Why is chocolate so bad for dogs?

Chocolate is Poisonous to your Dog!

The poison in chocolate is ‘Theobromine’ this is a natural occurring stimulant found in the cocoa bean plant. Theobromine affects the central nervous system, as well as the heart of the dog, essentially putting their system into a state of panic.

Prevention is better than cure

Around Easter time chocolate is in abundance in many households and our first bit of advice is to ENSURE ALL CHOCOLATE IS KEPT OUT OF YOUR DOG’S REACH. Keep it in high cupboards – we’ve come across many a pooch who’s been clever enough to open kitchen doors and even the fridge! Also please tell your children that they MUST NEVER feed chocolate to the dog – this is once instance where it is not good to share!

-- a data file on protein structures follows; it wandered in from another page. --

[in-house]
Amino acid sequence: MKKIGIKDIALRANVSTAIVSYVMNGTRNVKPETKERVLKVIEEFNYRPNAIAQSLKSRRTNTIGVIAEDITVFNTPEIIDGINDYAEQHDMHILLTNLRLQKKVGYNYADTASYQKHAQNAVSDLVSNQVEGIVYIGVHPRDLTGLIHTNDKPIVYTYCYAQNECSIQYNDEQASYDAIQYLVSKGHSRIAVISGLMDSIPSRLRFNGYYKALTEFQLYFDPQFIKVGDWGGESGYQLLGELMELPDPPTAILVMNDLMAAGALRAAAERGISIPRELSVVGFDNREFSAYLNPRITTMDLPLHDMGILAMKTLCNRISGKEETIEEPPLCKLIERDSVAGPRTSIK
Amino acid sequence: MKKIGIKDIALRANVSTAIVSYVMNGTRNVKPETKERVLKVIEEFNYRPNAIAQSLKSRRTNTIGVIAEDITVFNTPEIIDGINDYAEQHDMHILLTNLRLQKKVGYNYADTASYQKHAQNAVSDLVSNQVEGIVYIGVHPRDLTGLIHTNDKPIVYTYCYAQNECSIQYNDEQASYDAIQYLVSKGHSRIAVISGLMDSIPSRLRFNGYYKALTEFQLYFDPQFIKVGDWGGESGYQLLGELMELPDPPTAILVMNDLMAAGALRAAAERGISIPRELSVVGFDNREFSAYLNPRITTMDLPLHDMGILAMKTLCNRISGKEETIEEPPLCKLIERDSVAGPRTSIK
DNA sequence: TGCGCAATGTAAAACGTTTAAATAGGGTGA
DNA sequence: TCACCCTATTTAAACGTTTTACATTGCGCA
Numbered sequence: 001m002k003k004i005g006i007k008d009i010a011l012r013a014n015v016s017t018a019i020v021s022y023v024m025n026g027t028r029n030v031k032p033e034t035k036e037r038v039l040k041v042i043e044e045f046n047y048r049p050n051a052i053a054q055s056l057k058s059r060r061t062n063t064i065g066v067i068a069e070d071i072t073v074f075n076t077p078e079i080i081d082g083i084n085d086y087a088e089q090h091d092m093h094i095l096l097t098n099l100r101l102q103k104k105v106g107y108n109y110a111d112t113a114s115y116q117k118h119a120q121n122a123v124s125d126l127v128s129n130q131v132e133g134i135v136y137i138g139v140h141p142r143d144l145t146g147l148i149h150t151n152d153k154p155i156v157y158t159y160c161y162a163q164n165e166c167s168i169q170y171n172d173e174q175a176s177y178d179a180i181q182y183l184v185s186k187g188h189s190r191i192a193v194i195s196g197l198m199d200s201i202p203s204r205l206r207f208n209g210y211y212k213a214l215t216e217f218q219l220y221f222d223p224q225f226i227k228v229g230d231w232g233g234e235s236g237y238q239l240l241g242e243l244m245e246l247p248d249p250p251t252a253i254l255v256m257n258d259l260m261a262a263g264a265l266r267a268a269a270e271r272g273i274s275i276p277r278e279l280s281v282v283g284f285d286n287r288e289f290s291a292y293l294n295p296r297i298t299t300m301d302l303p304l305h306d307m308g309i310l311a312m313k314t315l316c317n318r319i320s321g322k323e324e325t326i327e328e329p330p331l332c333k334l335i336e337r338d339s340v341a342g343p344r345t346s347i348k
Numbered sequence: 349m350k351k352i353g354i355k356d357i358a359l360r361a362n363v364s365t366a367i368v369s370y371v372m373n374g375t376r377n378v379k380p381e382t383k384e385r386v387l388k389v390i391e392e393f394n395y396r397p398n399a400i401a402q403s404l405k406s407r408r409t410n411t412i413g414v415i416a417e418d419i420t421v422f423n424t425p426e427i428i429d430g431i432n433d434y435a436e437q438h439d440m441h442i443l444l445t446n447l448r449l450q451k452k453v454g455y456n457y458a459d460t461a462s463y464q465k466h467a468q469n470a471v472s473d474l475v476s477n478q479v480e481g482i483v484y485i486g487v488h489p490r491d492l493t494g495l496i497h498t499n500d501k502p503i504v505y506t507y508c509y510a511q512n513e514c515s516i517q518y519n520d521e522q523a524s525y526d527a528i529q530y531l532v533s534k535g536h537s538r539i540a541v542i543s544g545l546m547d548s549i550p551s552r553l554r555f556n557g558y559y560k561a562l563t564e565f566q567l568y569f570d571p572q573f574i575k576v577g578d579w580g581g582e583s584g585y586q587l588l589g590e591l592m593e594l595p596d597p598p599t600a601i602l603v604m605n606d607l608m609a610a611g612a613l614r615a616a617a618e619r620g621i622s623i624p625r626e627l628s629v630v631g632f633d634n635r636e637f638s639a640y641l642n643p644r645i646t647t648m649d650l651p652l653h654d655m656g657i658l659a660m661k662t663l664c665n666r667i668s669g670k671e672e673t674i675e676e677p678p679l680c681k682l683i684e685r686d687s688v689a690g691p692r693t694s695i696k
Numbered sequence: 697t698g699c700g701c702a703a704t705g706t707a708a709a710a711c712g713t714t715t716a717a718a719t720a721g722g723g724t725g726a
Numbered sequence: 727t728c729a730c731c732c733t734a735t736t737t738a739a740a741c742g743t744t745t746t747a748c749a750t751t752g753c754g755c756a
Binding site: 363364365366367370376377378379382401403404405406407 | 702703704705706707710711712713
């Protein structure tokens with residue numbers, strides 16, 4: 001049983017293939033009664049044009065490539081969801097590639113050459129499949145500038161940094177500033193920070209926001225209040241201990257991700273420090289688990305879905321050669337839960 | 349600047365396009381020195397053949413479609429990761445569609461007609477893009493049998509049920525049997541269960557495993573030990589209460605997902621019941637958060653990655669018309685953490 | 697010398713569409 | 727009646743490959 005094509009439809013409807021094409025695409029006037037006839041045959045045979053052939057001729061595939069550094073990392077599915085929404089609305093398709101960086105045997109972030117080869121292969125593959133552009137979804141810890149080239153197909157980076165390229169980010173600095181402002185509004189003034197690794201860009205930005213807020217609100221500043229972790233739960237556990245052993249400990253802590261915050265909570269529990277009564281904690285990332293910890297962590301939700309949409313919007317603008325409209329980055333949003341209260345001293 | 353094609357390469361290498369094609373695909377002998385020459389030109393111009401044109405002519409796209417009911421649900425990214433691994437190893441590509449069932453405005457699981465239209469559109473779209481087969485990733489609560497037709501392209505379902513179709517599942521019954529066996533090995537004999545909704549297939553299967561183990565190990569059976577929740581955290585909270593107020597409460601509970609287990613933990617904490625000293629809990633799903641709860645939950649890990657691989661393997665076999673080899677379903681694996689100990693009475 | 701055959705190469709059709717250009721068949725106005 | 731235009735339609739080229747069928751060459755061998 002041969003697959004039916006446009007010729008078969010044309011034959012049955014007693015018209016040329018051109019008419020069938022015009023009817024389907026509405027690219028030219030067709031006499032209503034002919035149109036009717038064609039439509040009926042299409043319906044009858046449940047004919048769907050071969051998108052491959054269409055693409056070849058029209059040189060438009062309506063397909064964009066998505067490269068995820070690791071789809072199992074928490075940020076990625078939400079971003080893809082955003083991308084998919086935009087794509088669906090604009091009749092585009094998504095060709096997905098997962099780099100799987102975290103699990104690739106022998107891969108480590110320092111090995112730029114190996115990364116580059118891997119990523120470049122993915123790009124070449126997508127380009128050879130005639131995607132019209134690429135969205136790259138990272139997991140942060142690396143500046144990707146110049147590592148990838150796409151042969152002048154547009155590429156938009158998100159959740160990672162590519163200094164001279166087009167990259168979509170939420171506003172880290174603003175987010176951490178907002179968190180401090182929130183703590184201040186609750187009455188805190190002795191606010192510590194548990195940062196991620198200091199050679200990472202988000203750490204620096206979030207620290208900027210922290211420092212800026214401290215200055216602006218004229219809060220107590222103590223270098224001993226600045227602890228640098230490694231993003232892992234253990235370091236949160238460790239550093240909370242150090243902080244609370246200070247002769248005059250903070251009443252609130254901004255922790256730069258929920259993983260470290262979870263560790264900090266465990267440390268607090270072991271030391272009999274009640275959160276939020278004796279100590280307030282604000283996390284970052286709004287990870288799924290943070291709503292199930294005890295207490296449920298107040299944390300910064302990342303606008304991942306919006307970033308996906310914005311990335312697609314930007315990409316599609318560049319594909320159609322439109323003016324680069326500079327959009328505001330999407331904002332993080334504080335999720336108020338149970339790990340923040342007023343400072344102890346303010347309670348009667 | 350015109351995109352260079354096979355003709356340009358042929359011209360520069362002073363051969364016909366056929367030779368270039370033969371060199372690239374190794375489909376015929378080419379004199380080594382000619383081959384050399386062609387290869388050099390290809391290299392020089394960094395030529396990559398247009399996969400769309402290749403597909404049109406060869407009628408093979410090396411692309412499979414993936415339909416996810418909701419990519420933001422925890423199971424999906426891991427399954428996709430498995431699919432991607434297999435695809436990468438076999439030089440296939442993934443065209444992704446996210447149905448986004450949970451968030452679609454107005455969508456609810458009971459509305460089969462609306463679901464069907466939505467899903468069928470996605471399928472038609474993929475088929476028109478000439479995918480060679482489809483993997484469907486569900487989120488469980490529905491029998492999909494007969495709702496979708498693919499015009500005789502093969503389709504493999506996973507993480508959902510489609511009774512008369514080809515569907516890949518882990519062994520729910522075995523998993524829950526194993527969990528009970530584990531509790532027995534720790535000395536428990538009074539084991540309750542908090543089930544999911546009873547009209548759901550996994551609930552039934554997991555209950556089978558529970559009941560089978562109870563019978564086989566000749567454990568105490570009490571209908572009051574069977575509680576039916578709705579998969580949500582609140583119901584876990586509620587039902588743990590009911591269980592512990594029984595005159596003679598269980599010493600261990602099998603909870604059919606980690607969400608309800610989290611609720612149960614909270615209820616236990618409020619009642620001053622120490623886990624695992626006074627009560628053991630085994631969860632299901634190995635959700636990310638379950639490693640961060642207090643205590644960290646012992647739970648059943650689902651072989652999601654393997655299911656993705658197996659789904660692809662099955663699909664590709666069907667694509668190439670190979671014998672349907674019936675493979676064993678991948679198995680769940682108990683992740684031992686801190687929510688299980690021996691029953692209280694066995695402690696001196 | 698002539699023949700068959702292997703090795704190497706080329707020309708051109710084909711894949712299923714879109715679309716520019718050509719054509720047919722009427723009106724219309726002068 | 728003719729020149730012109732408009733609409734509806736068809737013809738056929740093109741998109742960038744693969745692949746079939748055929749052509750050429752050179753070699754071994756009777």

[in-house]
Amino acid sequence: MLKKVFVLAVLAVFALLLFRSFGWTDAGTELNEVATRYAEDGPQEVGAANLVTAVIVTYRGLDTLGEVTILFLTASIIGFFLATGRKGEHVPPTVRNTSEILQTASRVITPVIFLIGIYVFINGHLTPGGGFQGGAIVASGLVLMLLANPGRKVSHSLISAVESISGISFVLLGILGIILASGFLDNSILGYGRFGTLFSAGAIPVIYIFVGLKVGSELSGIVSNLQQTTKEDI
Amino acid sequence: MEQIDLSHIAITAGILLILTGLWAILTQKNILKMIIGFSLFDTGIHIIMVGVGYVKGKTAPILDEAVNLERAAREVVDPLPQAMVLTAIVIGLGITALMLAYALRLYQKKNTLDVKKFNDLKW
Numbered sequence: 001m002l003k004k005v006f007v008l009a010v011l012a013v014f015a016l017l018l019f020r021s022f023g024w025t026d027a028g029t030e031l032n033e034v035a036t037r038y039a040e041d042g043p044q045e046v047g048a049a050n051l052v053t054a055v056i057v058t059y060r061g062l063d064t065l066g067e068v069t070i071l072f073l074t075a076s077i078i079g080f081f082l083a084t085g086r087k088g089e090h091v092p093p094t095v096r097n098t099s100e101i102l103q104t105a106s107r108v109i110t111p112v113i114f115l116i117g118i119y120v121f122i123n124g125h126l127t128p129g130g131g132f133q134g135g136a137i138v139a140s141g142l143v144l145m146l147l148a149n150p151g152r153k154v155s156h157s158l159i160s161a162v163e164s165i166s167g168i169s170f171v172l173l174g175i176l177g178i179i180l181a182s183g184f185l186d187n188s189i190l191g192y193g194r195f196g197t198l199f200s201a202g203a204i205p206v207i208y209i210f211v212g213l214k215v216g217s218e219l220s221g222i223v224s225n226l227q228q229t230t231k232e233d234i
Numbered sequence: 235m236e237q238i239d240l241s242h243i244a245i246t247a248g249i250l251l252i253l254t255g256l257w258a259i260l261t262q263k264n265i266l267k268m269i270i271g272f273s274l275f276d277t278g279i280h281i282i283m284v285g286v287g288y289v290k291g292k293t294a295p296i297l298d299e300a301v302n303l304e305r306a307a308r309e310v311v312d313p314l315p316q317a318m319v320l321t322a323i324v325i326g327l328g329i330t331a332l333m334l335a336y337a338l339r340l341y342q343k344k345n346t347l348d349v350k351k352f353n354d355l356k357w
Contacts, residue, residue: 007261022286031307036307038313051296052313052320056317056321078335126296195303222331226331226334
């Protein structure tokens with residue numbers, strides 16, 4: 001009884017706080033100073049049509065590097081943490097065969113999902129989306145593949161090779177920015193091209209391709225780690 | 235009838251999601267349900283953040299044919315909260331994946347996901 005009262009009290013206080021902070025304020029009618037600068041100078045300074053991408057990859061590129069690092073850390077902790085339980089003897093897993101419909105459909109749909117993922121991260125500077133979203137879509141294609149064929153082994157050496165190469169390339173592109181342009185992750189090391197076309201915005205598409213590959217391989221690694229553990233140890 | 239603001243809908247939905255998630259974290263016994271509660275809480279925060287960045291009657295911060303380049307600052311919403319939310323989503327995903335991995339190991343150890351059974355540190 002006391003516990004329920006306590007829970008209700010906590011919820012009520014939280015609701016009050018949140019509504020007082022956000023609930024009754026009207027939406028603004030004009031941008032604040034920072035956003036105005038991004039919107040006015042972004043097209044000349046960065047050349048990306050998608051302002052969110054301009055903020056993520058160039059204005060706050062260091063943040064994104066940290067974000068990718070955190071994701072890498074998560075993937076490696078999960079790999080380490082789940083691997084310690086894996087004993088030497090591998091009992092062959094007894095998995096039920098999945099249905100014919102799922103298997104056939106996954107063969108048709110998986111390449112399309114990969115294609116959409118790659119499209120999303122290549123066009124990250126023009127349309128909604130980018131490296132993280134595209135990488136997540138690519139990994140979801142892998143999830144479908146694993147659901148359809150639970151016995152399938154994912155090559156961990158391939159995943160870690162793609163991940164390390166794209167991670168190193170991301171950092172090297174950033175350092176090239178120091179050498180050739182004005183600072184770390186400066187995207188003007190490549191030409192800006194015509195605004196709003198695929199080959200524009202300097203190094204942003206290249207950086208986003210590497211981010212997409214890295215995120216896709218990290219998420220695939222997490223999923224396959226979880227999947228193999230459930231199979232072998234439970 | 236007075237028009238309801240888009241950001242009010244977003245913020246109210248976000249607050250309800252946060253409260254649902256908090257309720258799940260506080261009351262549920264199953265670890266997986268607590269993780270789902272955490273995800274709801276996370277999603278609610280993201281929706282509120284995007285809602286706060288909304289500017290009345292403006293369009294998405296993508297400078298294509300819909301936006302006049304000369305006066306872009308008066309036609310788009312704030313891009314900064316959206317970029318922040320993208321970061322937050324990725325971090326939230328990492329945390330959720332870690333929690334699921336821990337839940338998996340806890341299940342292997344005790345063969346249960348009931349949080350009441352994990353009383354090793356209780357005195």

What to do if your dog does eat chocolate:

If your dog has eaten a large amount of chocolate poisoning can occur quickly (within minutes) but event a small amount may lead to your dog showing signs of poisoning within a few hours. It is worth pointing out here that there is no ‘rule’ as to how much chocolate is poisonous. It depends the type of chocolate and the weight of the dog, their age and health.

Symptoms may include:

  • vomiting and diarrhea
  • restlessness
  • arrhythmia (fast heartbeat)
  • muscle twitching
  • frequent urination

If you know your dog has eaten chocolate please call your vet immediately.

If you suspect your dog has eaten chocolate but there’s no hard evidence – again call your vet, best to be safe than sorry.

If you don’t think your dog has eaten chocolate but he is showing signs of poisoning there may be another toxin responsible – again speak to your vet.

How will my vet treat the poisoning?

Speed is of the essence! Your dog must be made to vomit and empty the contents of his/her stomach before the poison enters the blood stream. The sooner after your dog has eaten the chocolate the better!
An injection will be given to make your dog sick and he/she will then be closely observed by our veterinary team. He/she may also be fed activated charcoal to absorb any theobromine left in the stomach.